VPN, short for Virtual Private Network, is a technology that allows secure communication over a public network. It works by utilizing security protocols like IPsec, IKEv2, PPTP, OpenVPN, WireGuard, and others to build tunnels between a client and a server. This tunnel encrypts online traffic and prevents third parties from eavesdropping. However, the initial applications of a VPN haven’t disappeared. One such implementation is the site to site VPN, whose advantages and disadvantages we will delve into in today’s article.
Although invented back in the 90s to facilitate secure communication between the branches of a company, VPN has long since evolved into a comprehensive privacy and security tool. Due to the adaptation of commercial VPN providers, who aim to cultivate the online privacy and security sector to its full extent, VPNs have become more and more common. Nowadays, VPNs are best known for making remote access to the internet a possibility.
What is a site to site VPN?
A site to site VPN is a corporate implementation of the VPN technology. While most commercial VPN providers cater to the needs of a singular client, some offer this service. In broader terms, these kinds of VPNs are commercial Virtual Private Networks that can connect two locations, such as a public office to headquarters. This connection is secure as it encrypts any traffic between the two places. However, a site to site VPN can also create a web of interconnections between multiple areas, forming an integrated network.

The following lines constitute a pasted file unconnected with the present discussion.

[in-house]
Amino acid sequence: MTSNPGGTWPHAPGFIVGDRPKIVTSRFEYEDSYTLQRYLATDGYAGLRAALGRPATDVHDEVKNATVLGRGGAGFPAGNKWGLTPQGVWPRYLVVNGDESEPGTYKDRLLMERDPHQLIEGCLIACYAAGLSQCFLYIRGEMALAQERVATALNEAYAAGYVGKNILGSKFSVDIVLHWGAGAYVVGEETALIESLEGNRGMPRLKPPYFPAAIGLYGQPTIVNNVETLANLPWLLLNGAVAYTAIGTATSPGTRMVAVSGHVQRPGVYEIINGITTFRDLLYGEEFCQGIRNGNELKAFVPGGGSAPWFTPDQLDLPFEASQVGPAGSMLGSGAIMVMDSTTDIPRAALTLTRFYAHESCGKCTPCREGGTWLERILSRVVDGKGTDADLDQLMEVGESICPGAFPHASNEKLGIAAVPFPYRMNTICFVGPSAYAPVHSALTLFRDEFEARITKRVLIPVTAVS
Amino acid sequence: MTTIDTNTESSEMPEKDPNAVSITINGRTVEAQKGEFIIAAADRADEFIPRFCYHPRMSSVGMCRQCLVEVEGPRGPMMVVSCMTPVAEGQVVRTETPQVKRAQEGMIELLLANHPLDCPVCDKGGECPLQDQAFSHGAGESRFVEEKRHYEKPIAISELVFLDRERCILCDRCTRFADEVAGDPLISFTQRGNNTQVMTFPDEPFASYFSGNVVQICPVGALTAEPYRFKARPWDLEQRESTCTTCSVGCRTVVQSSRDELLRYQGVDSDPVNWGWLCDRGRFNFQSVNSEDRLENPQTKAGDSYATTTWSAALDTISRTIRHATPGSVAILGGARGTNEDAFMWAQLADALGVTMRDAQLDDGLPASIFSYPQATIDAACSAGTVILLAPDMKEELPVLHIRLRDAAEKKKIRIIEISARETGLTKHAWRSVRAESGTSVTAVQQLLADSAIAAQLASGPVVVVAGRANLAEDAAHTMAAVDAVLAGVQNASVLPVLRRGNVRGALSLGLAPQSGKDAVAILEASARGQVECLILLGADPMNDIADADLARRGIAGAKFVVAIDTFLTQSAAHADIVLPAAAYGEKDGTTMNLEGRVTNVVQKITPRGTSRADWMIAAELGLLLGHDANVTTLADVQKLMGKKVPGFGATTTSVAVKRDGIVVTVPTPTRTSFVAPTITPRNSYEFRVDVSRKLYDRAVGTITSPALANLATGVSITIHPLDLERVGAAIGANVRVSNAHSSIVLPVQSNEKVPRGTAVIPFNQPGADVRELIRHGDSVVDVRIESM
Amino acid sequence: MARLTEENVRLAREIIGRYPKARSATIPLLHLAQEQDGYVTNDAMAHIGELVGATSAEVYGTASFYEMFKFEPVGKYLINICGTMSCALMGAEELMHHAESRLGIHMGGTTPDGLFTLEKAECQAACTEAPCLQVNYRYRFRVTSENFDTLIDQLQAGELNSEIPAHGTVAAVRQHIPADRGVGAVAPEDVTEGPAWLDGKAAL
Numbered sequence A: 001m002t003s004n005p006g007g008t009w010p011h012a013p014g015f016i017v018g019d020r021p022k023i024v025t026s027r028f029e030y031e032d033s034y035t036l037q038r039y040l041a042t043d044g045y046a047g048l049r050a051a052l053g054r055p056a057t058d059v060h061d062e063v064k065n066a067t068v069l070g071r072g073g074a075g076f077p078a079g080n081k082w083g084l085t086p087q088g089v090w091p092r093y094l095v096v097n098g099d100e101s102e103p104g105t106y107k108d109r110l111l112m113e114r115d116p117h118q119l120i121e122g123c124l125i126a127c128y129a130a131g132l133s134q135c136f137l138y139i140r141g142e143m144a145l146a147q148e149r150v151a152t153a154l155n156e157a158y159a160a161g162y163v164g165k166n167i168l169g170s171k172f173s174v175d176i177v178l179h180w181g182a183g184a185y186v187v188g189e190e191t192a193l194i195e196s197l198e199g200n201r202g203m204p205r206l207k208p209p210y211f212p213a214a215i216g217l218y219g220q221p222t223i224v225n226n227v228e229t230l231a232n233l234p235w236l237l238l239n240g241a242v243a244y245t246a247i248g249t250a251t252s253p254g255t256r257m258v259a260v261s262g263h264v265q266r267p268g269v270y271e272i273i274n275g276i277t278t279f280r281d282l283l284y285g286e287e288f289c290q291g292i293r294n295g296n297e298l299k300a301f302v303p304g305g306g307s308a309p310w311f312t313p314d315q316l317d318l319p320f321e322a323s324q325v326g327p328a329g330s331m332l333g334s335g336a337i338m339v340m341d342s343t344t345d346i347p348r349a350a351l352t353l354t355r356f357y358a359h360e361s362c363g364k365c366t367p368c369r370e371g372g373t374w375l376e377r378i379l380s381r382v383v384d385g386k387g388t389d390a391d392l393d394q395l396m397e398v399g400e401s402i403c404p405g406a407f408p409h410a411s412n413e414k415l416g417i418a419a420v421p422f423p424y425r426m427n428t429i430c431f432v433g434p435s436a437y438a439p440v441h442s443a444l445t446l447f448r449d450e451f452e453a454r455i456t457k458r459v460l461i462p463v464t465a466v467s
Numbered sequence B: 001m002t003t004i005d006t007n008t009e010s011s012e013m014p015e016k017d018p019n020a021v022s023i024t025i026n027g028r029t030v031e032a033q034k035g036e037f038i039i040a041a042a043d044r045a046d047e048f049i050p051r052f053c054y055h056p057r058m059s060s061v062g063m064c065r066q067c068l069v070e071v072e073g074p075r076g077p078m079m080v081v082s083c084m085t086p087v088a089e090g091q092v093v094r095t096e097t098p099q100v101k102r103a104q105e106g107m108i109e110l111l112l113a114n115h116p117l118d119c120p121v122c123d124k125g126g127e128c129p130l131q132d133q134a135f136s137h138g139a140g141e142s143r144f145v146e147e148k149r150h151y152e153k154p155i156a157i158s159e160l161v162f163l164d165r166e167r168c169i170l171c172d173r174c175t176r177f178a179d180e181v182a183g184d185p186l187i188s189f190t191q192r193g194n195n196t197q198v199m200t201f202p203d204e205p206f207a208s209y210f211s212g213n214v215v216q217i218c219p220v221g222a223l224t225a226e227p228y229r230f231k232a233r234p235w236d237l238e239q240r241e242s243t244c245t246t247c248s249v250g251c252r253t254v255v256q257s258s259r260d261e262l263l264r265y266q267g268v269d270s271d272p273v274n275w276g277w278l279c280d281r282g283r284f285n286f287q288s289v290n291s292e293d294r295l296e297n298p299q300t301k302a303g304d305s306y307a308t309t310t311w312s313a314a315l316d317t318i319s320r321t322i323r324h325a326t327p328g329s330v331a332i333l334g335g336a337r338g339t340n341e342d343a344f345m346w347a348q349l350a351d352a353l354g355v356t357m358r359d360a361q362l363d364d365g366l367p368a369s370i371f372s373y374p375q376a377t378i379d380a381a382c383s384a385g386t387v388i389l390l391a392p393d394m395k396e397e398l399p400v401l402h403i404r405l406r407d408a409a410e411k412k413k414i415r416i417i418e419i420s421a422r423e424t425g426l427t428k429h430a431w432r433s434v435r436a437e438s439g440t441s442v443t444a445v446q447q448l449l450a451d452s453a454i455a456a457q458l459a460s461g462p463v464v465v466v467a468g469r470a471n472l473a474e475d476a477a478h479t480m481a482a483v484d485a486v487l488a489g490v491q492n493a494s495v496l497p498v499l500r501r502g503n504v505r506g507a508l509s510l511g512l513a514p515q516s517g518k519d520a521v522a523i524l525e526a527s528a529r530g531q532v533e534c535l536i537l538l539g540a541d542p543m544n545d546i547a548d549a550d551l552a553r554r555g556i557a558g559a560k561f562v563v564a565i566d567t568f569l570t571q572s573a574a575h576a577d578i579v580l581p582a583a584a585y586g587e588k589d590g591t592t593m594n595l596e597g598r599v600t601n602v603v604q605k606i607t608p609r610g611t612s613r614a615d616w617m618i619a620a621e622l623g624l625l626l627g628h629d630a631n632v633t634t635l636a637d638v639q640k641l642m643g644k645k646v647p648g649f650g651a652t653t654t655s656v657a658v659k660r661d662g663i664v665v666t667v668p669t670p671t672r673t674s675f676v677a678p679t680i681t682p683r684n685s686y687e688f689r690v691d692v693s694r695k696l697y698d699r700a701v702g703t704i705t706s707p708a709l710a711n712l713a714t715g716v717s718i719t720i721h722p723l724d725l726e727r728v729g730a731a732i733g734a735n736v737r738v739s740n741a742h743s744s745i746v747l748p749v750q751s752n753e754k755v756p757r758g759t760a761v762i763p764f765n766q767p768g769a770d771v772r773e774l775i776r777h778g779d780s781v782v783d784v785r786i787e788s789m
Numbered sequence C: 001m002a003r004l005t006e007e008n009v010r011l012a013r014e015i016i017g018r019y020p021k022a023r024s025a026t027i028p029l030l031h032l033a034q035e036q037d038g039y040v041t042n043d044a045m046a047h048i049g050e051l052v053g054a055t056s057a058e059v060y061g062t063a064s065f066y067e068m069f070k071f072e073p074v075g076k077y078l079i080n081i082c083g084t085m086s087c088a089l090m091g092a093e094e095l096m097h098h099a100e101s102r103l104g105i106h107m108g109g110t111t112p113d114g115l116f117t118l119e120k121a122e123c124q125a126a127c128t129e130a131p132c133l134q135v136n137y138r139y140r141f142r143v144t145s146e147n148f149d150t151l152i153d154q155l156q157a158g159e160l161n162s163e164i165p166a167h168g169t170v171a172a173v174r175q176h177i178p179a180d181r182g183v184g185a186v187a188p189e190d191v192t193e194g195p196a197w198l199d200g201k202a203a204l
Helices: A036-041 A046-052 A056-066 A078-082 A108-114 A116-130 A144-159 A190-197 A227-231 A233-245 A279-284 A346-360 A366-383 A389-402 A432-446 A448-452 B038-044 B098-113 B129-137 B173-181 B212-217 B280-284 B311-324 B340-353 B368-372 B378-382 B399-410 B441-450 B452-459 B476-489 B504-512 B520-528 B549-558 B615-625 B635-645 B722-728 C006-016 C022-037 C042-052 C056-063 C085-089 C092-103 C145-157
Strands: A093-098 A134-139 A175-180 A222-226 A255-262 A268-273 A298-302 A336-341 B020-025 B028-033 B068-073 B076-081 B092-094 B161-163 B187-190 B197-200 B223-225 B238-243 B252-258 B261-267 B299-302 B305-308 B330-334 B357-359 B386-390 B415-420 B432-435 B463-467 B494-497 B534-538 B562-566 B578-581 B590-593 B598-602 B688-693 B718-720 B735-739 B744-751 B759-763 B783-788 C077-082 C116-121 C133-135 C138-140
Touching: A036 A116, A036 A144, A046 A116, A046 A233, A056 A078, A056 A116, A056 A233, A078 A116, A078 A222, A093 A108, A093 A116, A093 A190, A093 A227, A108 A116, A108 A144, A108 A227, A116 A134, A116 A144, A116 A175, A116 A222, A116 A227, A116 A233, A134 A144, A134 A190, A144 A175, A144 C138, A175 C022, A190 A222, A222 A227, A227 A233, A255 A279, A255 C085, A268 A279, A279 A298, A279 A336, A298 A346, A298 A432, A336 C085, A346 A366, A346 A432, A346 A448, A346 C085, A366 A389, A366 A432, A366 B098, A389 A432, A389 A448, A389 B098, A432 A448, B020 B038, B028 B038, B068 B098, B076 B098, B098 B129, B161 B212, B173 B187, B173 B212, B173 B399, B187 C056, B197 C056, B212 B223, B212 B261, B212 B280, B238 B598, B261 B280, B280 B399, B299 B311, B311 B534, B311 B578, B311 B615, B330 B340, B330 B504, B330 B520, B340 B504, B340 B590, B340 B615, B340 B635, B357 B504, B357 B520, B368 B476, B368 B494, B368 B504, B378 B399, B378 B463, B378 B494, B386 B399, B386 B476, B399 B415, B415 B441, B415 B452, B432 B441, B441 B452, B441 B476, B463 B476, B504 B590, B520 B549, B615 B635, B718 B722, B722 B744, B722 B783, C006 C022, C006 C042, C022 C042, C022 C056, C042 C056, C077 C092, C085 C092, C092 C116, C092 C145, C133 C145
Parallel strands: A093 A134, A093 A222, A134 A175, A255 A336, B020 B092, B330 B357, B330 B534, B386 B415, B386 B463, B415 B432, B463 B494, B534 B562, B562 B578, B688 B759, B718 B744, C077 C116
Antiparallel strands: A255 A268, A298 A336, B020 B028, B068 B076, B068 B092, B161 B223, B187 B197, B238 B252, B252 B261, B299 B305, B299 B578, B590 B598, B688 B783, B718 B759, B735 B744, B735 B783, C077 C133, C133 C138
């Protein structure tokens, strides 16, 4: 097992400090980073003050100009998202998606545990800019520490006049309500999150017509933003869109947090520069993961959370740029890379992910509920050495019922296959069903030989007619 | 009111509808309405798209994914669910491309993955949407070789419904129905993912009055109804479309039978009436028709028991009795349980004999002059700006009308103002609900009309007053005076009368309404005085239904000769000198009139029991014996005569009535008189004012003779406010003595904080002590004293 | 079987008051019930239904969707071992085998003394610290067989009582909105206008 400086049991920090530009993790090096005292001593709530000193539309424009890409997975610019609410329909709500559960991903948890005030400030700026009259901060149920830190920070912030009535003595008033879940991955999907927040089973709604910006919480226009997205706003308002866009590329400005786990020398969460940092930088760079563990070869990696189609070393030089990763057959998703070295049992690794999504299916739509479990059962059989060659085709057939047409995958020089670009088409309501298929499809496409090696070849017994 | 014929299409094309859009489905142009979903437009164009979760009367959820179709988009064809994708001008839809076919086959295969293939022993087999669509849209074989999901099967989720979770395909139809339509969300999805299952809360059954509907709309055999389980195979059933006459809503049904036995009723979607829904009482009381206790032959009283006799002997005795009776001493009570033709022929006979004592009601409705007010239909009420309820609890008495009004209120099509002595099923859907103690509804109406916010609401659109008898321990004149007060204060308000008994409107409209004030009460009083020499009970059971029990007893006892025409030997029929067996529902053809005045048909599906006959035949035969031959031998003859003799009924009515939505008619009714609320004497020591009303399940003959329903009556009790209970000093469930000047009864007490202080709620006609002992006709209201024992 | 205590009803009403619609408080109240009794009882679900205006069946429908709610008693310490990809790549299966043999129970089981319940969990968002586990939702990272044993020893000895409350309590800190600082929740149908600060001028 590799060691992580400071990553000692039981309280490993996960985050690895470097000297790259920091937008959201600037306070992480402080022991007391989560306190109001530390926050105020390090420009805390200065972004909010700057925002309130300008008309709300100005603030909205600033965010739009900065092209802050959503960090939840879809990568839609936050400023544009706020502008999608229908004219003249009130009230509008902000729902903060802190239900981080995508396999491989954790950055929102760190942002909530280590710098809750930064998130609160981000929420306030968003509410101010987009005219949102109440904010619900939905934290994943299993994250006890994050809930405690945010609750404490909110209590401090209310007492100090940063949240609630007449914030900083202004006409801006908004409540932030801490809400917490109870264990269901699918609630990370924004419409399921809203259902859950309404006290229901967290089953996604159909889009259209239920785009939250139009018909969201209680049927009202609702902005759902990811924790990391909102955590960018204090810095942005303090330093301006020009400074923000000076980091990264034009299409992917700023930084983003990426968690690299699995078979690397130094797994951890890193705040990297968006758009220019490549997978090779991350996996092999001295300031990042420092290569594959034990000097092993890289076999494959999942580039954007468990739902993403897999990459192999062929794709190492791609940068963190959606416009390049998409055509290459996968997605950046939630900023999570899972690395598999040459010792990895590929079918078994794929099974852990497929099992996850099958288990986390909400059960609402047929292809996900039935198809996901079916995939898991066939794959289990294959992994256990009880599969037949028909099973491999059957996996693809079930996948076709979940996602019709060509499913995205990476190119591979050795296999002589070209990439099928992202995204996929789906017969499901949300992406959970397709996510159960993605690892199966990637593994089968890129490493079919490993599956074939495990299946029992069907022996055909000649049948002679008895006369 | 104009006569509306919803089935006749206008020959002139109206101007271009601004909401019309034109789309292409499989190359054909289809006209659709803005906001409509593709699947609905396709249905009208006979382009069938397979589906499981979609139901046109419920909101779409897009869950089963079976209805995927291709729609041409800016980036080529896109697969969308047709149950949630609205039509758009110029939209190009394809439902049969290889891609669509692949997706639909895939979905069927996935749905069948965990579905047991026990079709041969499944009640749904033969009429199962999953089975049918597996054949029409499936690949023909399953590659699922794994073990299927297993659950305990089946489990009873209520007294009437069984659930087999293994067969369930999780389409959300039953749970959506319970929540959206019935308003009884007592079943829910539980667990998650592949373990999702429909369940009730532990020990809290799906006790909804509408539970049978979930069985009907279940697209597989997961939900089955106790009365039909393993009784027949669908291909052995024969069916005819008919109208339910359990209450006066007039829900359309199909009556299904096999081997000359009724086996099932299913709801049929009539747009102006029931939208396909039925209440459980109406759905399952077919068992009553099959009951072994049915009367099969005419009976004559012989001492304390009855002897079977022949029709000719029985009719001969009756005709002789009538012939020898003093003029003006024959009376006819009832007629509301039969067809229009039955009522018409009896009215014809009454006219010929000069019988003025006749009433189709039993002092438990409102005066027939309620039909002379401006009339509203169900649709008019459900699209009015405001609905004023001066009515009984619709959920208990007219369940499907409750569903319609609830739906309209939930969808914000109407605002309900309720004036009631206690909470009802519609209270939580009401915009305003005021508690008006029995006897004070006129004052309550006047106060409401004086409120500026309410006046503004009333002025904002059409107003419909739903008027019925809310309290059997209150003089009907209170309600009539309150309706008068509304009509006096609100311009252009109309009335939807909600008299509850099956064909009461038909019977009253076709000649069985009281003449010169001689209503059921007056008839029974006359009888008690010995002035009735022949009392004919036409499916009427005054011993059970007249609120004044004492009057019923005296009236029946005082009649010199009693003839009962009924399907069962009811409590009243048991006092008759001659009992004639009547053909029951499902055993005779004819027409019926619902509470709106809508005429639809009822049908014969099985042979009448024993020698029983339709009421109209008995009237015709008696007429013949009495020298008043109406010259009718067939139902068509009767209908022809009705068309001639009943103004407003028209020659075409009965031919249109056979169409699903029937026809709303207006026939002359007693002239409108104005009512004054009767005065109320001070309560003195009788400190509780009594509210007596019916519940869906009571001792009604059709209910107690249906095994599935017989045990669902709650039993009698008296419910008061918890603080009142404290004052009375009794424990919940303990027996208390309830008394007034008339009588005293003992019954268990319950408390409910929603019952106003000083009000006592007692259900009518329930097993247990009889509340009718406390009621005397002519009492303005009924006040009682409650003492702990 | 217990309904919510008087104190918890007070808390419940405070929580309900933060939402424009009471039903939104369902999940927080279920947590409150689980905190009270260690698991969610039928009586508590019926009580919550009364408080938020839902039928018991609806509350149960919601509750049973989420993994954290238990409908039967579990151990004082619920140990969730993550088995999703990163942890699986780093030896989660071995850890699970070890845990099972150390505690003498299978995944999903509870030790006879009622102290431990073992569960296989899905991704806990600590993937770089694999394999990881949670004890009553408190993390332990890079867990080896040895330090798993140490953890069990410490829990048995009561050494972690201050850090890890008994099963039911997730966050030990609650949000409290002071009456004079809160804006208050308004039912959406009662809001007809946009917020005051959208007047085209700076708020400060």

By location or area, we mean the exit point of a network. However, these networks aren’t interlinked. Instead, with site to site implementations, these systems, established in multiple locations, come together to form a unified but independent network. In a way, this VPN technology helps bridge the distance between real-world remote locations by creating a virtual and private network that can facilitate network-to-network communication.
There’s also a key perk we’ll expand upon later. This technology can ensure data security between multiple locations or networks without using credentials or client apps. This makes the traffic flow substantially smoother.